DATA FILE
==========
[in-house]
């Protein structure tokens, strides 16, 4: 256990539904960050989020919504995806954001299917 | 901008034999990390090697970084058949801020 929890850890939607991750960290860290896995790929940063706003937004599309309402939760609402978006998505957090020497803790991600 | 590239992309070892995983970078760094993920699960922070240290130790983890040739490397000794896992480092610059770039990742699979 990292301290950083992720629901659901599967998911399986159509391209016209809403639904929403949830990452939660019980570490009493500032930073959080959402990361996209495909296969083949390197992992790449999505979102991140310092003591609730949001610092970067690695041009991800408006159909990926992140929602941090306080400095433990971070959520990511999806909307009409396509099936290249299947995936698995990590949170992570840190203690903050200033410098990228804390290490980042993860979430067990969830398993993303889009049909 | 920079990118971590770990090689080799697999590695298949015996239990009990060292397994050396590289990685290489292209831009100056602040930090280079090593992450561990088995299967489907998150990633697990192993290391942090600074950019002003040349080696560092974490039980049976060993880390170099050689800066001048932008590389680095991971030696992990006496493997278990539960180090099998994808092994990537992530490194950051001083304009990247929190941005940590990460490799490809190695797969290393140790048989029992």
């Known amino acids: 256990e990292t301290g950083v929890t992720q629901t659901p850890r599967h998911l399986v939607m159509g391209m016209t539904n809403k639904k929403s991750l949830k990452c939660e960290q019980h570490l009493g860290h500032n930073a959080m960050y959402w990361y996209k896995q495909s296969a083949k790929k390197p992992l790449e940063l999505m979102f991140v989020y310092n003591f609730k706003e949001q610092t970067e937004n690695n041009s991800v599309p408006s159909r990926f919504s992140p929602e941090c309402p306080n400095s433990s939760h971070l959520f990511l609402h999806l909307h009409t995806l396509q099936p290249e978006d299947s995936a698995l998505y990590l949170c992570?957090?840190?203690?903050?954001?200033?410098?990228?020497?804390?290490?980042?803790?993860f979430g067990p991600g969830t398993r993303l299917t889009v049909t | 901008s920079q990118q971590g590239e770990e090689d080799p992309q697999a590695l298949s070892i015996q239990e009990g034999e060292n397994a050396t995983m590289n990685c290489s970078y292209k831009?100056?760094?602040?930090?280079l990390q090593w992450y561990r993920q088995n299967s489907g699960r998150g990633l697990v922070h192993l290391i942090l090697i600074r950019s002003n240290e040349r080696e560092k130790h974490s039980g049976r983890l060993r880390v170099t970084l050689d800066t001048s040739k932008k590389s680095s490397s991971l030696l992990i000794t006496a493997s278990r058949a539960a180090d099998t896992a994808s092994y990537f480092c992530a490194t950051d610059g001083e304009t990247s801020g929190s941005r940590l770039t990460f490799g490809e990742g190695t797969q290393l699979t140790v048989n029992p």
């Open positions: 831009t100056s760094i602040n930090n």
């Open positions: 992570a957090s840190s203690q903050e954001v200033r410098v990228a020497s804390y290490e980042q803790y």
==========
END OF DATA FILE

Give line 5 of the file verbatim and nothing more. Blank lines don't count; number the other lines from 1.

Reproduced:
């Open positions: 992570a957090s840190s203690q903050e954001v200033r410098v990228a020497s804390y290490e980042q803790y």